Brompton has enjoyed strong growth since Butler-Adams took the helm, but, like so many other British businesses, it’s been finding life a little more challenging of late. The firm sold its millionth bike in December 2022 and, for the year ending 31 March 2022, its revenues were up 40% year on year to a record £106.9m. Despite this, its pre-tax profit for the same period fell by 24% to £7.3m, largely because of wage inflation and the rising cost of materials.
Butler-Adams points at enduring problems caused by “bloody Brexit”, rising energy bills, the Covid pandemic and the cost-of-living crisis. The company’s supply chain is affected by Russia’s invasion of Ukraine and the increasing tensions between China and Taiwan. Both Ukraine and Taiwan produce titanium, which is used in Brompton’s frames.
Is this the toughest period of Butler-Adams’s tenure? “No, it’s not,” he stresses. “In the early days, when we were much smaller, we made it through far more fragile moments, where we literally had to throw all our chips on the table.”
Butler-Adams notes that Brompton is vulnerable to fluctuating geopolitical tensions, but he doesn’t believe it’s his place to be political. Instead, he tries to maintain a long-term view of his enterprise and not get too distracted by what’s making the headlines this week.
“You can’t shuffle your business to offset today’s drama. That’s because, as today’s drama disappears, tomorrow’s is developing. What you have to do is try and build a business that is resilient to all manner of impacts, including those that haven’t even come yet.”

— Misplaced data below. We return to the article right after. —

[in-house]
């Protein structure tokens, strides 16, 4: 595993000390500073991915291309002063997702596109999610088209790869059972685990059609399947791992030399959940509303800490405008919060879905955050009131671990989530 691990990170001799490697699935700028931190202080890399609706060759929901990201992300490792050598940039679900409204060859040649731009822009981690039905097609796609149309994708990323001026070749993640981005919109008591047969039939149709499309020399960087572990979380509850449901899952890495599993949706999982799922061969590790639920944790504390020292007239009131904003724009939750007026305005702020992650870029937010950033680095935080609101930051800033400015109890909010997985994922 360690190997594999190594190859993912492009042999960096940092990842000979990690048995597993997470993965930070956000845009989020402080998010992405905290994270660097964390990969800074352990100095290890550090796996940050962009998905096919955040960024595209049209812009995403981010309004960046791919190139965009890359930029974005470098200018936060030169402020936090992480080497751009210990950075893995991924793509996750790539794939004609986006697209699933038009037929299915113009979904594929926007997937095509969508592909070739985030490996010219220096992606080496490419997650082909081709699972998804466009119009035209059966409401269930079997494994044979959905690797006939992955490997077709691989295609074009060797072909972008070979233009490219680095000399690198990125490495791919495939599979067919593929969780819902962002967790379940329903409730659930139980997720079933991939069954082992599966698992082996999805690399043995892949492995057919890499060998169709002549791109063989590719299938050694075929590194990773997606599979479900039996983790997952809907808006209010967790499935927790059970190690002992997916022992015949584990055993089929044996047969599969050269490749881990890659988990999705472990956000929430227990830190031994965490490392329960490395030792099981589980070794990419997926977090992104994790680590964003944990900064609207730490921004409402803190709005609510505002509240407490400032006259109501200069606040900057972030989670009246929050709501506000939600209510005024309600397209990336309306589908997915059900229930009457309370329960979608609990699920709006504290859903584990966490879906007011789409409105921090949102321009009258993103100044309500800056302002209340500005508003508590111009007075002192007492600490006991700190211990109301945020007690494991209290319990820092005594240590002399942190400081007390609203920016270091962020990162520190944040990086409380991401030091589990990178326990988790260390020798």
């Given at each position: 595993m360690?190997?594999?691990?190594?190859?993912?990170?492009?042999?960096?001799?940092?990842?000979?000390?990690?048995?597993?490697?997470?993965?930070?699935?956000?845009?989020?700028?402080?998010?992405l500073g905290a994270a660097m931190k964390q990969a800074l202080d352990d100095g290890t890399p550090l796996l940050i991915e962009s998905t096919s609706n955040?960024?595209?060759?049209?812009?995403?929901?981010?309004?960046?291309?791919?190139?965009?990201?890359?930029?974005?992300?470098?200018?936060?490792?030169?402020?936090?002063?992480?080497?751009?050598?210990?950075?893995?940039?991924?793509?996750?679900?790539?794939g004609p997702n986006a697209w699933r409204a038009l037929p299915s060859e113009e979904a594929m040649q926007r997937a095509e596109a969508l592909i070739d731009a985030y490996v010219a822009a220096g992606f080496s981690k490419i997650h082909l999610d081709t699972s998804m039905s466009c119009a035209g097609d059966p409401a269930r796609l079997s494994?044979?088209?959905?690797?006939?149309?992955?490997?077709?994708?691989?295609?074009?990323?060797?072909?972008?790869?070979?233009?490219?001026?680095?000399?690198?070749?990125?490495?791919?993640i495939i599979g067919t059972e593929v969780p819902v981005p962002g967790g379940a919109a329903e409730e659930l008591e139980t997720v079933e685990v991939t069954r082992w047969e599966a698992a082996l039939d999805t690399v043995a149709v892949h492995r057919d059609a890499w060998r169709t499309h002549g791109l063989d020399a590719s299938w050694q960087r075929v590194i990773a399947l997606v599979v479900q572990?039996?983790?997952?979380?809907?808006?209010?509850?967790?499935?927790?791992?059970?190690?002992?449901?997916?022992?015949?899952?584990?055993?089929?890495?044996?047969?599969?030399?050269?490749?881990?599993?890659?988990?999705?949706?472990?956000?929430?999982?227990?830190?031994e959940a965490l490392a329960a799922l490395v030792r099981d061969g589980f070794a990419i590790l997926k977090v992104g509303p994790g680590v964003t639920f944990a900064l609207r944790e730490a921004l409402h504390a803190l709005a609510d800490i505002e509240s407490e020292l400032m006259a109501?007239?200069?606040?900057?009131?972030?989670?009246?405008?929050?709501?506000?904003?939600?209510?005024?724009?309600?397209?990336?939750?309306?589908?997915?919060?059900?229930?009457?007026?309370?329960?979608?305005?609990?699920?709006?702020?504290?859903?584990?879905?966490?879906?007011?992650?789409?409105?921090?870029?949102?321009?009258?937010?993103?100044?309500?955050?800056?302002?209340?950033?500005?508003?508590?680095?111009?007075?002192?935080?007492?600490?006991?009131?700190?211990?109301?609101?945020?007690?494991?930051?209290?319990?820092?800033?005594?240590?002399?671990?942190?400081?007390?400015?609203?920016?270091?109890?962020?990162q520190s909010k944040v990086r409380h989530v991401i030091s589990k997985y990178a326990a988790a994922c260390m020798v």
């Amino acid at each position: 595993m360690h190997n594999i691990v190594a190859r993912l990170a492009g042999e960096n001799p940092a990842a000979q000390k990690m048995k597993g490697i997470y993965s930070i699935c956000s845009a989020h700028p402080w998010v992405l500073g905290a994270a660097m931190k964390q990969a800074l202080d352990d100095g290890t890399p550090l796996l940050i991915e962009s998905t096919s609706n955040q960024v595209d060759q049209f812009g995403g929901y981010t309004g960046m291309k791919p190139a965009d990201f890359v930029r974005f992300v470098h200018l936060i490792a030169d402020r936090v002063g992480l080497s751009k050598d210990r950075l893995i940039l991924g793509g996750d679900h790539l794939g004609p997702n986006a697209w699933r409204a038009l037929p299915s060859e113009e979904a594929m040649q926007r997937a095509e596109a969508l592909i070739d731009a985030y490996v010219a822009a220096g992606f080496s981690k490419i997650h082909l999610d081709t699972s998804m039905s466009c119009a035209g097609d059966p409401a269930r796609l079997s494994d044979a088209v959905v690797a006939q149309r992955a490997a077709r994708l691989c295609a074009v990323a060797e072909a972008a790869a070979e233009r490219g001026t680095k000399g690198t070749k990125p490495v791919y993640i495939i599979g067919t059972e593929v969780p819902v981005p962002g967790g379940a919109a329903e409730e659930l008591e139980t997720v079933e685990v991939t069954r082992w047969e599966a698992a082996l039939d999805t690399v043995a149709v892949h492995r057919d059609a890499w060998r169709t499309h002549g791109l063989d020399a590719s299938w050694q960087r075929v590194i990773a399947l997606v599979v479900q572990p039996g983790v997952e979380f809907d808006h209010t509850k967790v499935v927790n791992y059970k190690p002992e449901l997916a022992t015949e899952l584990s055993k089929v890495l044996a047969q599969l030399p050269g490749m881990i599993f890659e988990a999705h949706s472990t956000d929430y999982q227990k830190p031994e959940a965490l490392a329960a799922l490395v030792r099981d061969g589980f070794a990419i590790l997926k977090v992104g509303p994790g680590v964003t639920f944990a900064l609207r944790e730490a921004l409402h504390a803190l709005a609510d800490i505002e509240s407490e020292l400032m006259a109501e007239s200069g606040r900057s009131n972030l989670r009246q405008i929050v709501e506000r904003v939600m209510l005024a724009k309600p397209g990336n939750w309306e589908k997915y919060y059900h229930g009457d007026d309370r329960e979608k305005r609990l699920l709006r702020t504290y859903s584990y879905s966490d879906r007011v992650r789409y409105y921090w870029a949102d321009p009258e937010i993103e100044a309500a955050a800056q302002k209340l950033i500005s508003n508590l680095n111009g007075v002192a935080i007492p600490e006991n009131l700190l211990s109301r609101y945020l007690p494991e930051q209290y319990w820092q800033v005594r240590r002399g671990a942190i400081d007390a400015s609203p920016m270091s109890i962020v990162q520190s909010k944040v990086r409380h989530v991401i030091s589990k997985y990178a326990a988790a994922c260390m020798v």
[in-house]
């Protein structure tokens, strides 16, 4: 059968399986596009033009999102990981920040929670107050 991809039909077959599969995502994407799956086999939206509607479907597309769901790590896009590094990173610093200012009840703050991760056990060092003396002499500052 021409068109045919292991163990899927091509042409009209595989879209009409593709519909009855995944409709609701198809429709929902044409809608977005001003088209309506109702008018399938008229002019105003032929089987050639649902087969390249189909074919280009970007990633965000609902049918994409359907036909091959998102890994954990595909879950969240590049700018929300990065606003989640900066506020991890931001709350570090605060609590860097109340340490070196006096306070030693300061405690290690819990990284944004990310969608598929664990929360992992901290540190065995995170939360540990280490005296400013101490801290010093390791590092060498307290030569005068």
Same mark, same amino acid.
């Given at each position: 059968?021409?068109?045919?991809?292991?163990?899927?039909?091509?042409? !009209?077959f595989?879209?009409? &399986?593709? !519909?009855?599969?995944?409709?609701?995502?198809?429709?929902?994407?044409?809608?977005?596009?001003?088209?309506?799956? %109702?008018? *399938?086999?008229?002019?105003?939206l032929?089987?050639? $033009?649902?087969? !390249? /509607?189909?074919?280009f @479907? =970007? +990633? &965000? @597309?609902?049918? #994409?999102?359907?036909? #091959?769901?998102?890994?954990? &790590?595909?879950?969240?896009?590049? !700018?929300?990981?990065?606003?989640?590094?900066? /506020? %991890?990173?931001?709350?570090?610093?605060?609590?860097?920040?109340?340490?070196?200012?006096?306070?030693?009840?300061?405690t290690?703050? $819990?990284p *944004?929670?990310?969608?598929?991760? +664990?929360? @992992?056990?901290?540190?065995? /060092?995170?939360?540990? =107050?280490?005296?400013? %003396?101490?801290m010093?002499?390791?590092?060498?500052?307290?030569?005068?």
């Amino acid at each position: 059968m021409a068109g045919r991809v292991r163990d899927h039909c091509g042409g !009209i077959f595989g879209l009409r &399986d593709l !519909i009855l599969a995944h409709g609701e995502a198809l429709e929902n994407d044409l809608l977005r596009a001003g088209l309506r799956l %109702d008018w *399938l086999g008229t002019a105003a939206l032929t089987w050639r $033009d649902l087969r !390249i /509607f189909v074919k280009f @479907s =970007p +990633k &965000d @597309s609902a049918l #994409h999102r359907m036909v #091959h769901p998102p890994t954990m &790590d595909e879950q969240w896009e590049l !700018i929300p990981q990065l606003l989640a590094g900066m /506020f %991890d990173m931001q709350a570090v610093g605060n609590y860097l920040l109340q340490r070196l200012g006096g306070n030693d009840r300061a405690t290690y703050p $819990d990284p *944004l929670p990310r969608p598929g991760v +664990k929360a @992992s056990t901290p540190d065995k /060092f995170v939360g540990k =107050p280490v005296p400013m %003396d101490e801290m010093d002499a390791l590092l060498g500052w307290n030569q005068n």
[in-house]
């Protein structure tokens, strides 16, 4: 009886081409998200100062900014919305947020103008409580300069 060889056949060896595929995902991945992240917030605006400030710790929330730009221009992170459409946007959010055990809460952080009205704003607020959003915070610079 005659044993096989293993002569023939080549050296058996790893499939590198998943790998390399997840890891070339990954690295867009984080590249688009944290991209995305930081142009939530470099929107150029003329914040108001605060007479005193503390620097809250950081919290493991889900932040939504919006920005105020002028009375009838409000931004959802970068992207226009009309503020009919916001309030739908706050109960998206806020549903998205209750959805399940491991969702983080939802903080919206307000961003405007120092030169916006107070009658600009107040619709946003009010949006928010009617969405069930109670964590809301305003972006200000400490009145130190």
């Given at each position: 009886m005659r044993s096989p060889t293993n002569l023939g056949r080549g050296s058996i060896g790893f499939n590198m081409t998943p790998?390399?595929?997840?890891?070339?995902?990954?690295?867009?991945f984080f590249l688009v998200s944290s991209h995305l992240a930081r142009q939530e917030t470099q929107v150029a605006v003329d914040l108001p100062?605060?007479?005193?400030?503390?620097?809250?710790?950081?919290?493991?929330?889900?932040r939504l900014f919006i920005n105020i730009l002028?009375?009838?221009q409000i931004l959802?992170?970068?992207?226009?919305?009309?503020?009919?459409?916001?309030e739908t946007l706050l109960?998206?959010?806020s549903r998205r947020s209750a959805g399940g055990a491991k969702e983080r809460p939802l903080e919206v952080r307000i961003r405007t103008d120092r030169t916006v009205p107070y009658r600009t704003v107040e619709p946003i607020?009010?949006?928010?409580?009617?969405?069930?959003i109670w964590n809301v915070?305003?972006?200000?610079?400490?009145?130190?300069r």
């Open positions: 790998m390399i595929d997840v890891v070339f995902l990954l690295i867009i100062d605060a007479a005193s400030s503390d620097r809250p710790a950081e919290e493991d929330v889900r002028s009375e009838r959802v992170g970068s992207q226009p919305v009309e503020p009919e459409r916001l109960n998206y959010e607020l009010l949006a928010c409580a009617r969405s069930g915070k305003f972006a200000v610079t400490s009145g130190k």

While Brompton doesn’t necessarily have plans to change any of its supply lines entirely, Butler-Adams appreciate the need to investigate potential new ones.
“When you’re very small, you might have one supplier because you simply don’t have the volume to need more,” he says. “But, when you get to a certain size, you’ll want to consider your supply. This might be from Europe, from the Americas, from Asia. You don’t want all your eggs in one basket.”
Climate change and clean transport
Another global issue affecting Brompton – and other companies – is the climate emergency. Butler-Adams is not anti-car, accepting that there are times when it’s necessary to drive. He owns a battery-electric Nissan Leaf, but, for short trips, he prefers cycling. He also admits to “not being much of a London guy”, having grown up in North Yorkshire and attended the independent Rugby School in Warwickshire. “I’m most at home in the countryside,” he says.
Yet Butler-Adams acknowledges the “reality” of humanity’s net migration to cities and the problems this has caused. He says: “It is the apparent wisdom of humans, this supposedly apex, super-smart species on Earth, that we have to live in cities. These are often the most unhealthy places to live. The air quality is poor, people aren‘t active and there are obesity problems. How did we let this happen?”
When it comes to city living, Butler-Adams believes that “cars are monstrously inefficient”, pointing out that cycling is a cost-effective way to improve air quality and get people more active.